The USA and Russia have signed a landmark deal on nuclear cooperation to facilitate trade and allow joint ventures between companies.
The deal, known as a 123 agreement after the section of the US Atomic Energy Act that requires it, was signed in Moscow yesterday. Representing the USA was its ambassador to Russia, William Burns, while Sergei Kiriyenko, director general of the Rosatom corporation, signed for Russia. Kiriyenko said the deal would create the conditions for "massive development of nuclear power worldwide."
The text of the agreement is not yet available, but the White House said it will "provide a framework for potential commercial sales of civil nuclear commodities to Russia by US companies." The White House did not elaborate on potential sales in the other direction but Russian commentators said the American market would open to Rosatom and AtomEnergoProm, the state-owned company soon to become the biggest nuclear corporation in the world.
Described by officials as a 'priority' for the countries' Presidents, George Bush and Vladimir Putin, the civil nuclear cooperation deal is one part of a wider package of strategic cooperation between the two former Cold War opponents. Putin and Bush declared a program of agreements in April called the US-Russia Strategic Framework Declaration. Besides civil nuclear cooperation and an energy dialogue meant to enhance security and diversify energy supplies, it also covered missile defence, terrorism commitments and economic cooperation.
Another major element was bilateral atomic weapons control through the development of a legally-binding arrangement to follow on from the end of the Strategic Arms Reduction treaty (START) in December 2009. It also reiterates both sides' commitment to a negotiated solution to the arguments over Iran's uranium enrichment program. Russia has cooperated with Iran to build the Bushehr nuclear power plant, but has no involvement in the controversial enrichment work. Formalised arrangements for the USA and Russia to cooperate on nuclear projects in third countries could avoid political tensions like those surrounding Iran in future.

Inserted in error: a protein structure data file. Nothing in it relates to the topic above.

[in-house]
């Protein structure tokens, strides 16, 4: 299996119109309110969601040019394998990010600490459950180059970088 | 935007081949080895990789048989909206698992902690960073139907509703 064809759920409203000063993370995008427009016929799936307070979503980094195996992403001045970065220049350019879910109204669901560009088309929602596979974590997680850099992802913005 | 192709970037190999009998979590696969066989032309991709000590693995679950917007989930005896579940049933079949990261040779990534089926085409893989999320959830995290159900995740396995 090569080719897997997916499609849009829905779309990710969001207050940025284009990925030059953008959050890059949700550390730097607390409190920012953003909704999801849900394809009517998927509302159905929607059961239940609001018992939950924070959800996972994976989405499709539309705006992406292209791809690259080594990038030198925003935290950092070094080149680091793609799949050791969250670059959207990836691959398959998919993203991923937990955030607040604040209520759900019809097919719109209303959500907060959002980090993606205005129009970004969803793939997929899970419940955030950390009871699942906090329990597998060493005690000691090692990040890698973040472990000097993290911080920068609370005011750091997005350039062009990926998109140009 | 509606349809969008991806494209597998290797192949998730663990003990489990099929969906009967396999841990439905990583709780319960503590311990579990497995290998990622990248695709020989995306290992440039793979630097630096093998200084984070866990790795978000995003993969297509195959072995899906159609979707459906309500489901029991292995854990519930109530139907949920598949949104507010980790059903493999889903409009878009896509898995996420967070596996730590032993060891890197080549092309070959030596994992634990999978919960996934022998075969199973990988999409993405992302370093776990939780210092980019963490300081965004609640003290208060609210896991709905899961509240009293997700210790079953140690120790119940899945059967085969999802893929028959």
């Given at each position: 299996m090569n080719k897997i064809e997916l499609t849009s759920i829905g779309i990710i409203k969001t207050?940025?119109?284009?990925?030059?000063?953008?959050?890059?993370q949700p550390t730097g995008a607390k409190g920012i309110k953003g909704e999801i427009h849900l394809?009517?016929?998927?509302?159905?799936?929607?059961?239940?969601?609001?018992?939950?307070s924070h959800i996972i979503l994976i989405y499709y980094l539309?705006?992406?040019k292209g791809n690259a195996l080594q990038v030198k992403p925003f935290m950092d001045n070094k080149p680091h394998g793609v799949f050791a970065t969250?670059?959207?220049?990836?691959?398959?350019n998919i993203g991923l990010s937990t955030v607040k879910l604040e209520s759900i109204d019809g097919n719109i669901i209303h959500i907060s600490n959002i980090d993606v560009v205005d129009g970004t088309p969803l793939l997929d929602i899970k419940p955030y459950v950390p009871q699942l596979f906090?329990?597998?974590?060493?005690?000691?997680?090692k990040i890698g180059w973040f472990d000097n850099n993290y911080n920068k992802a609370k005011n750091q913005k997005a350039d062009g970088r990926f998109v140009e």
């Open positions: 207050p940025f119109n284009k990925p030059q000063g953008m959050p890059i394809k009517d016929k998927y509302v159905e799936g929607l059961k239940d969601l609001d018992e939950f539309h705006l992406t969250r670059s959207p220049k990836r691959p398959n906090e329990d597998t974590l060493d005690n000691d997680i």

In terms of nuclear power, the framework mentioned joint actions to "promote the expansion of nuclear energy without the spread of sensitive fuel cycle technologies" which could be abused to manufacture nuclear weapons. The 123 Agreement was the most important of these in that it makes possible cooperation for other framework items such as the Global Nuclear Energy Partnership (GNEP); the Global Initiative to Combat Nuclear Terrorism; and initiatives to create reliable access to nuclear fuel.
The USA has 22 similar agreements with other international entities, including one with Euratom to cover the European Union's 27 members and another with the International Atomic Energy Agency. It is currently trying to conclude a special 123 Agreement with India, but has hit major roadblocks in the Indian parliament.
The deal will now be sent to the Russian Duma and American Congress respectively for approval.